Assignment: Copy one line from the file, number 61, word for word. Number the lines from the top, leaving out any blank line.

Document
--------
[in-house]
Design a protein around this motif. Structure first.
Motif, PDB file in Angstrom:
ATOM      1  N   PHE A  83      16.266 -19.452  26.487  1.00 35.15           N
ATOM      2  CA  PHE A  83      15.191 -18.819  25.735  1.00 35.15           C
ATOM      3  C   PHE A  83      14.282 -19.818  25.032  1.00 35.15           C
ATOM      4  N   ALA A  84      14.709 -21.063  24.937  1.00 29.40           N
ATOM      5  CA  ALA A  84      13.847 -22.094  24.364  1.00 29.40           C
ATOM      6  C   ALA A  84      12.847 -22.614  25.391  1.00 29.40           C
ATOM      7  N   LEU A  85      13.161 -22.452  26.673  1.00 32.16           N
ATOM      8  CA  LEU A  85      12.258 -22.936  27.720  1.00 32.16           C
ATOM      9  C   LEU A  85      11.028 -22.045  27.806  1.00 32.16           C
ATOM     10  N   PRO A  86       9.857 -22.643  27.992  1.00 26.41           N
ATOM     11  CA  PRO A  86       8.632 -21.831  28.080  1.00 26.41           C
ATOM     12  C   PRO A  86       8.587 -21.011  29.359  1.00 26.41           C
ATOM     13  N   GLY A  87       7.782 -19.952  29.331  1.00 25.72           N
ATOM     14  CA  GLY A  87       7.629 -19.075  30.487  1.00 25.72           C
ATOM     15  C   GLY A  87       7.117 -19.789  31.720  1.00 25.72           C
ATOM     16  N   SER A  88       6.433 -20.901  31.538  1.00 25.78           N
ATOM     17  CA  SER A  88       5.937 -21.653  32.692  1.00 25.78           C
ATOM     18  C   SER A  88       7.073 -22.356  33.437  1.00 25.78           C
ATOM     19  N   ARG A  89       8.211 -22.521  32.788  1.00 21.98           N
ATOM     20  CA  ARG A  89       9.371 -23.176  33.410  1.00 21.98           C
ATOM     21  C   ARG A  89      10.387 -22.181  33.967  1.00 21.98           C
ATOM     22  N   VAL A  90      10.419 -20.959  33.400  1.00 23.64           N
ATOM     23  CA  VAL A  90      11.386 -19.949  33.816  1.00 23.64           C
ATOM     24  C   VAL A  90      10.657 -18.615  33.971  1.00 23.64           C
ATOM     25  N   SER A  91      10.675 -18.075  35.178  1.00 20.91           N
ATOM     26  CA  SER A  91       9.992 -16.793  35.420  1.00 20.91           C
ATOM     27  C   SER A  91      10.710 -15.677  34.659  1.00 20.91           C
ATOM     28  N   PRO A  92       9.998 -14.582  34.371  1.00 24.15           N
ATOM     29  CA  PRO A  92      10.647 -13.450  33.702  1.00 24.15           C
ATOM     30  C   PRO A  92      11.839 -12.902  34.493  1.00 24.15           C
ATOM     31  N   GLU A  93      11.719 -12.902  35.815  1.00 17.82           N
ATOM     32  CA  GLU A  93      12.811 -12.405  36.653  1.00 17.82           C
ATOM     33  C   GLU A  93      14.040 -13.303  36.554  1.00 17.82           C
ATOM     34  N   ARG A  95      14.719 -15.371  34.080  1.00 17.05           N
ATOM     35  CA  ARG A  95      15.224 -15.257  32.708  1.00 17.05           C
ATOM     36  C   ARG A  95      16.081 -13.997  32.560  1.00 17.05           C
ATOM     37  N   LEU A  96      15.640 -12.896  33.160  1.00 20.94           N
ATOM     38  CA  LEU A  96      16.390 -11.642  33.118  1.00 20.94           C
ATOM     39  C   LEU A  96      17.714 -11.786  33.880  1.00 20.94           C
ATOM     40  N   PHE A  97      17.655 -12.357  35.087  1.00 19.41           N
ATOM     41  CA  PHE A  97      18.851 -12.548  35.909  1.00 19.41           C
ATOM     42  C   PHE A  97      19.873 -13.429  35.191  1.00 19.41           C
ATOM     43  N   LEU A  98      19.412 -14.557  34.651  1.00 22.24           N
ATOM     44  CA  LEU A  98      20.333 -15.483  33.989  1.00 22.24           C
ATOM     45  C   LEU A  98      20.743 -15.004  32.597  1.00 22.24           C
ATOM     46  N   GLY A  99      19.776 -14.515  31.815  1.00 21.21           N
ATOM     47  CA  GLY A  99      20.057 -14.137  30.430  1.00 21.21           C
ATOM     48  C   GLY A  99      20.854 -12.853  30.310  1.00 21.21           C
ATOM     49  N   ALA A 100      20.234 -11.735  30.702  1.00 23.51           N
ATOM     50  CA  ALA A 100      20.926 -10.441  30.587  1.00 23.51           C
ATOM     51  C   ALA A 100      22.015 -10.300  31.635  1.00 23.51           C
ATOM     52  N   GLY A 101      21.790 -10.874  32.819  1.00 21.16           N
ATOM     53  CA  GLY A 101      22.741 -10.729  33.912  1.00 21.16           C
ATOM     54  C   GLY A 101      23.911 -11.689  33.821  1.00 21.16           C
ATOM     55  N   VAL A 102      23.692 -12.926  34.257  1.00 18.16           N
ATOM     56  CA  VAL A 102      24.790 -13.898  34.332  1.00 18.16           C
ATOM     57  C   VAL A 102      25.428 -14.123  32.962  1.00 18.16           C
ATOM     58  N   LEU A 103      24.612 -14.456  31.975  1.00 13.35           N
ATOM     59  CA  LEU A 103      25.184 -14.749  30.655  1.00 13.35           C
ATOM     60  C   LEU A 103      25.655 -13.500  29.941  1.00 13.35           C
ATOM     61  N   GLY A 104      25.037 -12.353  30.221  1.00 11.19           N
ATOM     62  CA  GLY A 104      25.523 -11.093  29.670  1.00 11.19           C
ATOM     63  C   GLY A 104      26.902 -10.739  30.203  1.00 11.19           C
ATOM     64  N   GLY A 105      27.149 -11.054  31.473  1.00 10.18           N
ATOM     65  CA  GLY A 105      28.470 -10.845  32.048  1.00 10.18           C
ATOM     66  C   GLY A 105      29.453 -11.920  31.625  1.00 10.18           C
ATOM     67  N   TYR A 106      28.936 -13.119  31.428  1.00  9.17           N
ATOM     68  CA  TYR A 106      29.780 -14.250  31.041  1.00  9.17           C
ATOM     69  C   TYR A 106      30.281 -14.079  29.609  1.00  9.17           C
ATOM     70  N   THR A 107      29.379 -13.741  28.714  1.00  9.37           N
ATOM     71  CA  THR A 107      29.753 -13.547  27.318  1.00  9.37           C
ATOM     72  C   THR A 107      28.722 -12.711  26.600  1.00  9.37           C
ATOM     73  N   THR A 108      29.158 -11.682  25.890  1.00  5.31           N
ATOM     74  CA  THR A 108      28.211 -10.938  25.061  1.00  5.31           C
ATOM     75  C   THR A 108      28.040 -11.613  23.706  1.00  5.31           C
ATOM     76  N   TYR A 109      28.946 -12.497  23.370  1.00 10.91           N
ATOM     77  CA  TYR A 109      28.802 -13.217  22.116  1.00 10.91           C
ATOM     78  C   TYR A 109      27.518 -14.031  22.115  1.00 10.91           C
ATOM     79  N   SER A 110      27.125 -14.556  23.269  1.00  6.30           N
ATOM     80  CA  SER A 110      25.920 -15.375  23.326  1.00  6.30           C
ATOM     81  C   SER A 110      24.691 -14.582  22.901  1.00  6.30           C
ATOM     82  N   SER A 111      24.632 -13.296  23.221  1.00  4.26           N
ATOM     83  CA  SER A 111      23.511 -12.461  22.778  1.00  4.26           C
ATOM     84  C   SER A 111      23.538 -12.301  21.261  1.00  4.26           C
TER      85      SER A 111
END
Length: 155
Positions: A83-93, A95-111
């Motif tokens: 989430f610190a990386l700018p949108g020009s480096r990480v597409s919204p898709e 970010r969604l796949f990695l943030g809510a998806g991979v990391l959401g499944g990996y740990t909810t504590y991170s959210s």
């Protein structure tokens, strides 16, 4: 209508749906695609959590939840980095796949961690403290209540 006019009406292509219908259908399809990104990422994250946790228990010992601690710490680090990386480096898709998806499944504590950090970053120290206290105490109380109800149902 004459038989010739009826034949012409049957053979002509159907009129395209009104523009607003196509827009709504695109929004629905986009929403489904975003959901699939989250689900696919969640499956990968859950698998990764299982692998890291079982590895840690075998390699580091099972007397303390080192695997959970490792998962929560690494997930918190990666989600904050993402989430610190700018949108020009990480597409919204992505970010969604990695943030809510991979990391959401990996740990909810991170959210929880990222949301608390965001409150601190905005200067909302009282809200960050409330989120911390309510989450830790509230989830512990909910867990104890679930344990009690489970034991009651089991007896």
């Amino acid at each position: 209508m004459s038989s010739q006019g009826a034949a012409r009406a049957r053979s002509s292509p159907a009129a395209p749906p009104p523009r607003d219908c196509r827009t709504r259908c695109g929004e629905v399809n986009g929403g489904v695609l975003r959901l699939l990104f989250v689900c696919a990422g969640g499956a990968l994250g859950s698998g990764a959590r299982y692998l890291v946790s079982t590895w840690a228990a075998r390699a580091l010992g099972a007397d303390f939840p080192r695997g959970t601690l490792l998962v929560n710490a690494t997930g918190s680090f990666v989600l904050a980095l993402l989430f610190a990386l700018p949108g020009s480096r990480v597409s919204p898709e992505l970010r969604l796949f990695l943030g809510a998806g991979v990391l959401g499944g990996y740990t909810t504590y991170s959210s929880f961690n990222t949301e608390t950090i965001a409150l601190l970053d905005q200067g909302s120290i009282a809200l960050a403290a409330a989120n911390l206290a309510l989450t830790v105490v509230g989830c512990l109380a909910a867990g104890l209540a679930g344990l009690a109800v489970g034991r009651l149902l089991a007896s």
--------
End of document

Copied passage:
ATOM     58  N   LEU A 103      24.612 -14.456  31.975  1.00 13.35           N